FIRST ALERT: Lightning safety

FIRST ALERT: Lightning safety

MYRTLE BEACH, SC (WMBF) – Severe Weather Awareness Week continues across South Carolina in an effort to make sure you are ready for any type of severe weather you may encounter.

Lightning kills an average of 53 people in the United States every year and injures hundreds more. Do you know what to do to stay safe when a storm approaches?

You've probably heard it before: "When thunder roars, go indoors!" Although cheesy, this invaluable piece of advice could save your life. In fact, if you can hear thunder, you are close enough to the thunderstorm to be struck by lightning. There is no safe place outdoors when thunderstorms are in the area. According to the National Oceanic and Atmospheric Administration, the only safe places to be when lightning threatens are in a substantial building or a hard-topped vehicle. Rain shelters, small sheds and open vehicles are not safe.

If you are caught outdoors when a storm approaches, you should avoid open fields and tops of hills. Stay away from tall, isolated trees or other tall objects- seeking shelter near a tall tree is the second leading cause of lightning casualties. If you are in a forest, stay near a lower stand of trees. Stay away from water, wet items and metal objects; water and metal are prime conductors of electricity. If you have outdoor activities planned, they should be canceled or postponed if you know a storm is approaching or if you see lightning or hear thunder.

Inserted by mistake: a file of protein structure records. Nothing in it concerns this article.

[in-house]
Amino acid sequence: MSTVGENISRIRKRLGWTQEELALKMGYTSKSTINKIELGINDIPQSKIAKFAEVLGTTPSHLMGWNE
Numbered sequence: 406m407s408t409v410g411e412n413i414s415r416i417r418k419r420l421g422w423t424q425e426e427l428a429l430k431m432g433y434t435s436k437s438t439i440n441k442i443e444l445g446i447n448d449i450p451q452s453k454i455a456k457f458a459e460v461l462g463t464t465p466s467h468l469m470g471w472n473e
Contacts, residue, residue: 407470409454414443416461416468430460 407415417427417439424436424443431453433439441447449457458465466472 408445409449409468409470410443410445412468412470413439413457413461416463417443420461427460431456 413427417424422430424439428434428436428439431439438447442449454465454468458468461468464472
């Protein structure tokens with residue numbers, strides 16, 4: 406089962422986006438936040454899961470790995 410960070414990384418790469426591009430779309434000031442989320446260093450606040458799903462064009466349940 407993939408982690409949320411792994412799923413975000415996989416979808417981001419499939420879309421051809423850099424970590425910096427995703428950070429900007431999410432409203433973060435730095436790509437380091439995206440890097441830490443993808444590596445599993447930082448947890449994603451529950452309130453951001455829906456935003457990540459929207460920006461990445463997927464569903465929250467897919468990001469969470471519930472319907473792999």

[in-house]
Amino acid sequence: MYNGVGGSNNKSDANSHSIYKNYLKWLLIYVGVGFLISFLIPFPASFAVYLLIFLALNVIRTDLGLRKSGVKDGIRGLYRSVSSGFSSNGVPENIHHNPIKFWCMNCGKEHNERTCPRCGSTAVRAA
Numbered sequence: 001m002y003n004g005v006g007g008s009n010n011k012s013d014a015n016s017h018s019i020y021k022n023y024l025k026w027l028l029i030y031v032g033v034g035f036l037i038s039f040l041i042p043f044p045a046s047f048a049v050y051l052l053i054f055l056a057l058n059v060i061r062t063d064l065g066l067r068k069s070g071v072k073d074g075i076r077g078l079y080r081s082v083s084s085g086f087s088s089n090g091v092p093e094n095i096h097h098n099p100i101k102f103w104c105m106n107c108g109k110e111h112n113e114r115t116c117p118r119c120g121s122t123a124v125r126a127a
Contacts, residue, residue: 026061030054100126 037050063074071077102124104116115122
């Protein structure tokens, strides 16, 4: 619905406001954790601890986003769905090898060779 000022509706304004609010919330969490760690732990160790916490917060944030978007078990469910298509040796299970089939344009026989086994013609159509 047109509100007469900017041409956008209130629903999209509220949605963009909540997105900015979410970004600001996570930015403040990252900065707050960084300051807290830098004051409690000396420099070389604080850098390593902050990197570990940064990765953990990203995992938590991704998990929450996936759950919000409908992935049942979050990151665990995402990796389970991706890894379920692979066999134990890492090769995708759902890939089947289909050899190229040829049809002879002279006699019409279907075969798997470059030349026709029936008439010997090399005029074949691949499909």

If you are indoors when a storm approaches, stay off corded phones; cell phones and cordless phones are safe. Do not touch electrical equipment or cords and avoid plumbing. Do not wash your hands, take a shower, or come into any kind of contact with water. Stay away from doors and windows. If you have outdoor pets, it's important to bring them inside, especially dogs that are chained to trees or on metal chains.

After a storm passes, you should wait a minimum of 30 minutes after the last rumble of thunder before going outside. Remember, "when thunder roars, go indoors!"

Make sure you have downloaded the WMBF First Alert Weather App to track spring and summer storms.  The app can also be set to notify you when lightning is close by.

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